Brit activist Andy Hall accuses Bang Na police of malfeasance
Published: 29 Oct 2013 at 00.00
Newspaper section: News
Activist Andy Hall has filed a complaint with the Royal Thai Police office, accusing Bang Na police of malfeasance in pressuring him to sign a confession in a defamation case filed against him by a local cannery company.
The British activist also informed the National Human Rights Commission and the British embassy about the two suits filed against him by Natural Fruits Co. Ltd.
Mr Hall said his lawyer was preparing a counter-complaint against Bang Na police for failing to properly investigate the allegations lodged against him by Natural Fruits. He said the case was based on an interview he gave to Al Jazeera in Myanmar and should not be within Thai legal jurisdiction.
The Prachuap Khiri Khan-based firm filed a lawsuit against Mr Hall in February, accusing him of violating the Computer Crime Act by disseminating his research, commissioned by Finnwatch, which alleged migrant labour abuses at its factory.
Mr Hall could be ordered to pay the company 300 million baht in compensation if found guilty.
The company then filed a defamation complaint against Mr Hall on Sept 28, accusing him of broadcasting false information about Natural Fruits. A video posted on YouTube, entitled “Migrants work in poor conditions in Thailand, featured Mr Hall’s research into alleged labour rights violations committed against migrant Myanmar workers at the Natural Fruits factory.
“The claims in question relate to an interview I gave to Al Jazeera in Myanmar,” Mr Hall said. “This case should not be within the jurisdiction of Thai police, so they had no right to investigate and call me for questioning.’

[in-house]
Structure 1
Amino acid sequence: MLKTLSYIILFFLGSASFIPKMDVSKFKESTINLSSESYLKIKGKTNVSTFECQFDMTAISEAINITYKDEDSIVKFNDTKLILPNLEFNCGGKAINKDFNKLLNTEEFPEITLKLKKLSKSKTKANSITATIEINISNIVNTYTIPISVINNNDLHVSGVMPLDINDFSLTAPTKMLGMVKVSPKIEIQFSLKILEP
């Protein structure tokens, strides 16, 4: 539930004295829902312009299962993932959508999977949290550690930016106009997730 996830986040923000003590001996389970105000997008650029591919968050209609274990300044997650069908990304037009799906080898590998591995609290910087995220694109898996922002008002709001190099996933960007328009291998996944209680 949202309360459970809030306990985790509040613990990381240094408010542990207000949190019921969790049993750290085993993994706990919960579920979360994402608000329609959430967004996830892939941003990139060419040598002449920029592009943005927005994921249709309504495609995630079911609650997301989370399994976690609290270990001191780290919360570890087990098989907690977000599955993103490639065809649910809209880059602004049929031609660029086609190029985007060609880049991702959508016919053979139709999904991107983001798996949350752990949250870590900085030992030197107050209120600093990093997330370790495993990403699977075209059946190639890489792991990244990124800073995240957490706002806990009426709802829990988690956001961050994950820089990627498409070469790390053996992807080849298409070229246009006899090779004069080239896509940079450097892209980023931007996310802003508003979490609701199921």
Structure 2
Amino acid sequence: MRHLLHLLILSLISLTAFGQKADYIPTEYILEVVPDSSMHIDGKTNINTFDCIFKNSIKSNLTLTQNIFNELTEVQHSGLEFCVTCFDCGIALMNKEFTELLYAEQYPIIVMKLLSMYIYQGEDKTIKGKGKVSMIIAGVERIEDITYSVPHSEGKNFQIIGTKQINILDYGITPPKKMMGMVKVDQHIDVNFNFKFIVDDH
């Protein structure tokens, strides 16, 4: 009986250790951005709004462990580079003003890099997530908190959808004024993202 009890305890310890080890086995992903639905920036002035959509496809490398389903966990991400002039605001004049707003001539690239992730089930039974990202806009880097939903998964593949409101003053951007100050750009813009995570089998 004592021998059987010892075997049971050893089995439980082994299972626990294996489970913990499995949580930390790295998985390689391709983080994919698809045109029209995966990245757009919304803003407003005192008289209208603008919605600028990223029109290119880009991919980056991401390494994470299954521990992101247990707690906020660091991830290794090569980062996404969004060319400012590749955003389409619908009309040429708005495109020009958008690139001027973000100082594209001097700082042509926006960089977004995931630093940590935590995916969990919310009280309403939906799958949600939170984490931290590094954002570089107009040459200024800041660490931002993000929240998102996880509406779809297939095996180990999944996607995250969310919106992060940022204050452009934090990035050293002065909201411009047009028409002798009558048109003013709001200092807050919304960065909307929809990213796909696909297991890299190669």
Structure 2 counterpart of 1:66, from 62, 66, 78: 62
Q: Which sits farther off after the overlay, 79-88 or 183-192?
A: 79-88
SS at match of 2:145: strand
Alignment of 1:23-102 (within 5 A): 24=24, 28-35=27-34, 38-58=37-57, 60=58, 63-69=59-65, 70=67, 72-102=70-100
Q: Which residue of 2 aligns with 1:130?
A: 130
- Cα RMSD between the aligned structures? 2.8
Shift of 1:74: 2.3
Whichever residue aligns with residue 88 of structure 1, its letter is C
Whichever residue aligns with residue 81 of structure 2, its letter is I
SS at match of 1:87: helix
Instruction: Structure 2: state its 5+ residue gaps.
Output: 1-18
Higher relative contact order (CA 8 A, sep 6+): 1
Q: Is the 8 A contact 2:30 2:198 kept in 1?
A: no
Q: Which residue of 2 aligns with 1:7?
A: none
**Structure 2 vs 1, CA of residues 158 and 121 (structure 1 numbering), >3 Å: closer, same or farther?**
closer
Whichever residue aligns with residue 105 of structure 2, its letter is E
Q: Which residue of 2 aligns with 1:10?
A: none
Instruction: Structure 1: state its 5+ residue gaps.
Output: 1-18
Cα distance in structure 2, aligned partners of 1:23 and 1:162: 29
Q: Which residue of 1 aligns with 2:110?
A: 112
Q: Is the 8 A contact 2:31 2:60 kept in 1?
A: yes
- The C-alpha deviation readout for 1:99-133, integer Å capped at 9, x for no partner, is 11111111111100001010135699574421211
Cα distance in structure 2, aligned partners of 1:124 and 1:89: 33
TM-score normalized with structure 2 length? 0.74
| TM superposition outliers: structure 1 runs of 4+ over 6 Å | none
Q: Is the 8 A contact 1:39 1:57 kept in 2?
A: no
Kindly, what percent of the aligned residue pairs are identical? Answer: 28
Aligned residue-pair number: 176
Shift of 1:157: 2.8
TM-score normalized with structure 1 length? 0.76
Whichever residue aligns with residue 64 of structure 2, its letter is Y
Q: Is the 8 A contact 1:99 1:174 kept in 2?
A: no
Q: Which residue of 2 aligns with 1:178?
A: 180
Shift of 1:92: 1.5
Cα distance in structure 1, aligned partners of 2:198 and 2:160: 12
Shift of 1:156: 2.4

Mr Hall said Bang Na police had tried to get him to sign a confession without a proper English translation, which was an abuse of the justice process.
“The Thai ministries of Foreign Affairs and Justice, as well as the British ambassador and the NHRC, are now aware of my case,” said Mr Hall, who has been discharged from a short-term consultancy contract in Myanmar for unknown reasons.”
The British embassy said its officials in Bangkok are aware of the case and have been in regular contact with Mr Hall and provided him with appropriate consular advice.
The European Union (EU) sent a delegation to the first hearing on the case against Mr Hall in April 2013 and continues to follow the proceedings.
The EU is negotiating a free trade agreement with Thailand, with the issue of workers’ rights a continuing concern across Thailand’s fishing industry and in all factories exporting goods to Europe.
“The case is between two private parties and is now before a Thai court,” the EU’s Catherine Ashton said.
“The EU will continue to follow the trial with full respect for the independence of the Thai judicial system.”